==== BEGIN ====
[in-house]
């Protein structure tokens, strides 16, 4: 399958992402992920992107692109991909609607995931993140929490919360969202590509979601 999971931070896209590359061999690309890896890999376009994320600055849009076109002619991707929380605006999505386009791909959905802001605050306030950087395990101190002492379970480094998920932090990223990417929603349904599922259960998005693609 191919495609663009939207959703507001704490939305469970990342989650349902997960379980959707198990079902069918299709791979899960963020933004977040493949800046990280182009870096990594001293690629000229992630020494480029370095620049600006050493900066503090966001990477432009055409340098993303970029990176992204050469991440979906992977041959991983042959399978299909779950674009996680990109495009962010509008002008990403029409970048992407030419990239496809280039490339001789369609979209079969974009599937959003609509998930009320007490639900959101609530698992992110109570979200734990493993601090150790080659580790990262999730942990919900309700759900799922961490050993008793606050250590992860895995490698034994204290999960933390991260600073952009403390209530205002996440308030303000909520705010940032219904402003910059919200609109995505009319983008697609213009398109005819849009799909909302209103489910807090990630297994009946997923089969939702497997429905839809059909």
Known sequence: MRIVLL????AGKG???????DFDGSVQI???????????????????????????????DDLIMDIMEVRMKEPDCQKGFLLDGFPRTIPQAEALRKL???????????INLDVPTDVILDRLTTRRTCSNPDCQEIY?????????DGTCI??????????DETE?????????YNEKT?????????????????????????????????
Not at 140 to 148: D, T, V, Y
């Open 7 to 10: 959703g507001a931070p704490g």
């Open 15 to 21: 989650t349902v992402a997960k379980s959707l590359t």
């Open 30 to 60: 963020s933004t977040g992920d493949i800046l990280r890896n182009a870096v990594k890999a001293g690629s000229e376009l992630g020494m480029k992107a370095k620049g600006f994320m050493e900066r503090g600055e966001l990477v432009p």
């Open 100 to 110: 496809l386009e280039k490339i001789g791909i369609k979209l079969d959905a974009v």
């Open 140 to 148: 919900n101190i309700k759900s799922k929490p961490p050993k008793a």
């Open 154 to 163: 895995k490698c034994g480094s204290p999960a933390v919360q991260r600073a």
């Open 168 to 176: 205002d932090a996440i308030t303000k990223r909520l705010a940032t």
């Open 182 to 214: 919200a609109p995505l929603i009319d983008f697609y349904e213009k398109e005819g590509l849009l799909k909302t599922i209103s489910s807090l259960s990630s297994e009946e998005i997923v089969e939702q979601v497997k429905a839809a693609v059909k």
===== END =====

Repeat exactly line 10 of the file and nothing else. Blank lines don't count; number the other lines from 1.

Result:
């Open 154 to 163: 895995k490698c034994g480094s204290p999960a933390v919360q991260r600073a």